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Mom: Son 'saved my life'
Boy, 11, found help after Jeep went in creek
Wreck WEB 1
Emergency personnel work to remove Lisa Polk from a crashed vehicle March 27. - photo by Jim Dean

The Jeep Grand Cherokee was on its roof and water had begun seeping in from the creek below when Charlie Polk kicked the cracked windshield.

The 11-year-old couldn’t get through, so he looked until he found a white light and climbed through the small hole.

His mother, Lisa, was upside down and unconscious with her head becoming submerged in the mud as Charlie crawled out and ran toward the nearest home to get help.

“He went up a 30-foot embankment and across the street and said, ‘Will you call my dad? My mom wrecked,’” said Lisa Polk.

Polk can’t remember the events of March 27, but knows her son helped save her life after the Jeep in which they were traveling went off the side of Castleberry Road near Turner Drive about 5:10 p.m.

Covered from head to toe in the mud, she was flown to Grady Memorial Hospital in Atlanta with several broken bones.

A man that Charlie found near the accident held Lisa’s head out of the water to keep her from drowning until the fire department arrived and freed her.

Charlie, her youngest child, was taken by ambulance to the hospital with cuts on his legs from where he crawled out of the Jeep, she said.

Back at home and recuperating, Polk and her son recounted their harrowing tale last week.

The two were less than a mile away from their home in a subdivision off Castleberry Road when the accident happened. They were on the way to his brother’s soccer game, and Charlie had grown concerned.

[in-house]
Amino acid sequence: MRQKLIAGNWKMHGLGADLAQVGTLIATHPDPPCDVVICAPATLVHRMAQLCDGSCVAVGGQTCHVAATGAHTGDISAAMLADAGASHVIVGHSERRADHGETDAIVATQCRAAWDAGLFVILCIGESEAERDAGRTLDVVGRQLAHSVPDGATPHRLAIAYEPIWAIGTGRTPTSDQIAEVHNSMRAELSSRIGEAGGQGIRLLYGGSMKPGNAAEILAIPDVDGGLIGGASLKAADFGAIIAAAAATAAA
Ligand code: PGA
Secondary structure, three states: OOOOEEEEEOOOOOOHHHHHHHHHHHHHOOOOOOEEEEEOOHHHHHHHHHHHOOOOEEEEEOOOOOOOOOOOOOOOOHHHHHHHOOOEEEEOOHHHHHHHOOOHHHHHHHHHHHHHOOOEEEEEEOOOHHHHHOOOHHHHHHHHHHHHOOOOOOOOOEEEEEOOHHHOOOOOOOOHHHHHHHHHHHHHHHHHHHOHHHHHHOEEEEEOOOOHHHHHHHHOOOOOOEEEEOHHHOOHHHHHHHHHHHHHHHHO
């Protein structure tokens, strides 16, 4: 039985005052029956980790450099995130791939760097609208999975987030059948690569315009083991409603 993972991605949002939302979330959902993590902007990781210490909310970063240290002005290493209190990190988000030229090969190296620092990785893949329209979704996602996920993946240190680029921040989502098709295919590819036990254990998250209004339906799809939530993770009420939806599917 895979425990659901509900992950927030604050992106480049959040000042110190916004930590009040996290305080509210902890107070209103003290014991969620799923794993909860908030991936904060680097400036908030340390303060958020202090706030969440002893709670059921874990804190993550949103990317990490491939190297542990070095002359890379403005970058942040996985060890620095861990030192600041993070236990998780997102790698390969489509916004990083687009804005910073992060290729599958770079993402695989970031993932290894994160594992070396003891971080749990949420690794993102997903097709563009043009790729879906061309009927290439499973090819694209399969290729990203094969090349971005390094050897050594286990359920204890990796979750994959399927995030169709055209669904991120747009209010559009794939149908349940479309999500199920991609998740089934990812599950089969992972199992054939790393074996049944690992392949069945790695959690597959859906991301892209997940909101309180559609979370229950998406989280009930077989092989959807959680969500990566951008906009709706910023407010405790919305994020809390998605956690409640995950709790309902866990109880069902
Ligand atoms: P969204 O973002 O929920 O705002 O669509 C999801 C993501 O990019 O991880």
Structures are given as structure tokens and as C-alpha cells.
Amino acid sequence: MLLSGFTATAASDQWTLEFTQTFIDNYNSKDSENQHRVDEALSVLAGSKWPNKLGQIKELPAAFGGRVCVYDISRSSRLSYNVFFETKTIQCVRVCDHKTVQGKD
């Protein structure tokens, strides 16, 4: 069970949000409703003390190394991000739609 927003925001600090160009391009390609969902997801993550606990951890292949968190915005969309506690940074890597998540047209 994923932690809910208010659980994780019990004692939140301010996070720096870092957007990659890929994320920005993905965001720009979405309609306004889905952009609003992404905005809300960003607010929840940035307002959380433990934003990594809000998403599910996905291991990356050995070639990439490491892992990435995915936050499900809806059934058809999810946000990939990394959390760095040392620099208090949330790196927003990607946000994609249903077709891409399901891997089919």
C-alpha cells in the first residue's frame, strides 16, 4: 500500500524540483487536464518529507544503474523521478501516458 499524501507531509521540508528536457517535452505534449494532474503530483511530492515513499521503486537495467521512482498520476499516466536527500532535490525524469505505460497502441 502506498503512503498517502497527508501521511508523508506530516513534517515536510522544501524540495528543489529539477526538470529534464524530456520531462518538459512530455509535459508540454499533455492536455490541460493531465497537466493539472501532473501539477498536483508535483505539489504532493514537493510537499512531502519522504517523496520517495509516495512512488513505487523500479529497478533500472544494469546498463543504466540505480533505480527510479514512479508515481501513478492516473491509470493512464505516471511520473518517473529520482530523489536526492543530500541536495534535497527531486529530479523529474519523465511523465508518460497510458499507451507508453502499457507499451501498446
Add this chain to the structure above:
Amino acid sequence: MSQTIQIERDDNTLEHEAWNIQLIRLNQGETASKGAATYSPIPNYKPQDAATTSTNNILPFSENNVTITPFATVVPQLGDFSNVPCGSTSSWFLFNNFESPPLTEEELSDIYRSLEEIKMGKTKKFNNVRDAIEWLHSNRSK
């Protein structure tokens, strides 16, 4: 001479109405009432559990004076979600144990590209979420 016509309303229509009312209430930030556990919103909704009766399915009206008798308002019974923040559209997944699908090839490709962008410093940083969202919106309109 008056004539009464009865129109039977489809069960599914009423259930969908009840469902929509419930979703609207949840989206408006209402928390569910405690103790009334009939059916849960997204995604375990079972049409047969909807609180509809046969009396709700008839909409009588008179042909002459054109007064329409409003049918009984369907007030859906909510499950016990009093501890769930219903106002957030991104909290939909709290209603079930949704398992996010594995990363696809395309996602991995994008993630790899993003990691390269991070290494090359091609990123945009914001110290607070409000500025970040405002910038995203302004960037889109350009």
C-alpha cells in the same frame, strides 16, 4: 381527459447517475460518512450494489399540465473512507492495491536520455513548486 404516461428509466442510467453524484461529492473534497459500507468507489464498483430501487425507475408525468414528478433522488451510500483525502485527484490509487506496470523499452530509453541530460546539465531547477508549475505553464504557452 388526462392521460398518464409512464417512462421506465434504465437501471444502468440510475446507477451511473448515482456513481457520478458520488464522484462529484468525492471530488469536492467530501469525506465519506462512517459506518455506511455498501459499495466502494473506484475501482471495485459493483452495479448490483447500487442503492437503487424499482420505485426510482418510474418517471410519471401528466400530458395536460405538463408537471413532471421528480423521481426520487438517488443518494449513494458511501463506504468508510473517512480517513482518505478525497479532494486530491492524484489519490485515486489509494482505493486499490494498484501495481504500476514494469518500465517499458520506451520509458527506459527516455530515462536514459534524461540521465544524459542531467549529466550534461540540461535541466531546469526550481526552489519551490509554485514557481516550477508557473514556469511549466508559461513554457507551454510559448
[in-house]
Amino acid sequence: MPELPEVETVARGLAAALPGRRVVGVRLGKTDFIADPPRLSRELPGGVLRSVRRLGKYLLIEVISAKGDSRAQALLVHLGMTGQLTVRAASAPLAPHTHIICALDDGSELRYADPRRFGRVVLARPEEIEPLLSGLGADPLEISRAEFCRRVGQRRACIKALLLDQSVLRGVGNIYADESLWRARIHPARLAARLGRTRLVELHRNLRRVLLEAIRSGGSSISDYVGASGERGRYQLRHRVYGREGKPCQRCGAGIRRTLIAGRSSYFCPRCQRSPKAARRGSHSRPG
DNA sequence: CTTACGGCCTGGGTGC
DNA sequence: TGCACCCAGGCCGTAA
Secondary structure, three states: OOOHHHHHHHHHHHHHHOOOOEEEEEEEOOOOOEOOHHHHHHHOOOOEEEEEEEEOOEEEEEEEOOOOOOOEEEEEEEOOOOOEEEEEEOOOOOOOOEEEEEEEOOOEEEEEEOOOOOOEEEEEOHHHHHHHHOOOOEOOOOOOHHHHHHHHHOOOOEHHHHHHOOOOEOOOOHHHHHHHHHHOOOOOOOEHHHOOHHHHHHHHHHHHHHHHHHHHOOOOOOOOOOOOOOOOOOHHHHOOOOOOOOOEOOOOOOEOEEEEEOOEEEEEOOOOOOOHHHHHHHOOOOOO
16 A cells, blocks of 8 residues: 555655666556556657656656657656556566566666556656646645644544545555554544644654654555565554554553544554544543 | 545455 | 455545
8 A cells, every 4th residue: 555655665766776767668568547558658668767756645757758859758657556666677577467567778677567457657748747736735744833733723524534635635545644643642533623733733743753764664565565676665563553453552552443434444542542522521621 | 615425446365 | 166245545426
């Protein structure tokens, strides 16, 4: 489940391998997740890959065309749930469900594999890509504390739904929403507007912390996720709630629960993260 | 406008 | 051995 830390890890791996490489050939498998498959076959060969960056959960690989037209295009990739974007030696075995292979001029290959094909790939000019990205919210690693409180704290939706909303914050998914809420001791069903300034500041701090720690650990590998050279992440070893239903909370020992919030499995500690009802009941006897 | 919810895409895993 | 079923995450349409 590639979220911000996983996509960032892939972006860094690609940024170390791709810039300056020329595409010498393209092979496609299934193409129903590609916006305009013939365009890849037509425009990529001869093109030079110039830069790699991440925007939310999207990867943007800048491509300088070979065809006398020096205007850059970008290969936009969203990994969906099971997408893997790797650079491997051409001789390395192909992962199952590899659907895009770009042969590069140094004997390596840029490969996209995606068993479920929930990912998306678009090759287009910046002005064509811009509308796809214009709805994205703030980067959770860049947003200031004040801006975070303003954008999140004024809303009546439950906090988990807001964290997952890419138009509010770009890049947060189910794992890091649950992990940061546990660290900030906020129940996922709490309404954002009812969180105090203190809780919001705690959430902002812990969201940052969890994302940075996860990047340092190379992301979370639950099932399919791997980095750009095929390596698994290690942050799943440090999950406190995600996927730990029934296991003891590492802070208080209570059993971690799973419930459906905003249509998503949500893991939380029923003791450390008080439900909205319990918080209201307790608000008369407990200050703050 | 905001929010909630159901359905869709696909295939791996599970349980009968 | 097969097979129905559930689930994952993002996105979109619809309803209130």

“I told her because we were going off the road a few times that we should just go home,” he said. “I usually know when something bad is going to happen.”

Lisa said Charlie often worries about her due to her medical conditions, which include epilepsy and diabetes.

“So I just turned around at that white church and headed home,” she said. “I went like 20 feet. I drove across the street and just went straight down. I wasn’t going probably more than 5 mph.”

Because of her epilepsy, Lisa said she drives very infrequently, just a handful of times in the past years.

“Charlie worries about me so much, anybody really, but especially me,” she said.

He has come out in the middle of the night when he hears her awake to make sure she’s not having a seizure, and he helps monitor her blood sugar by making her a sandwich or giving her a shot if she needs it.

Now, he may have been the reason the two are home together after such a scary accident.

“He saved my life,” she said, “He’s done it many times.”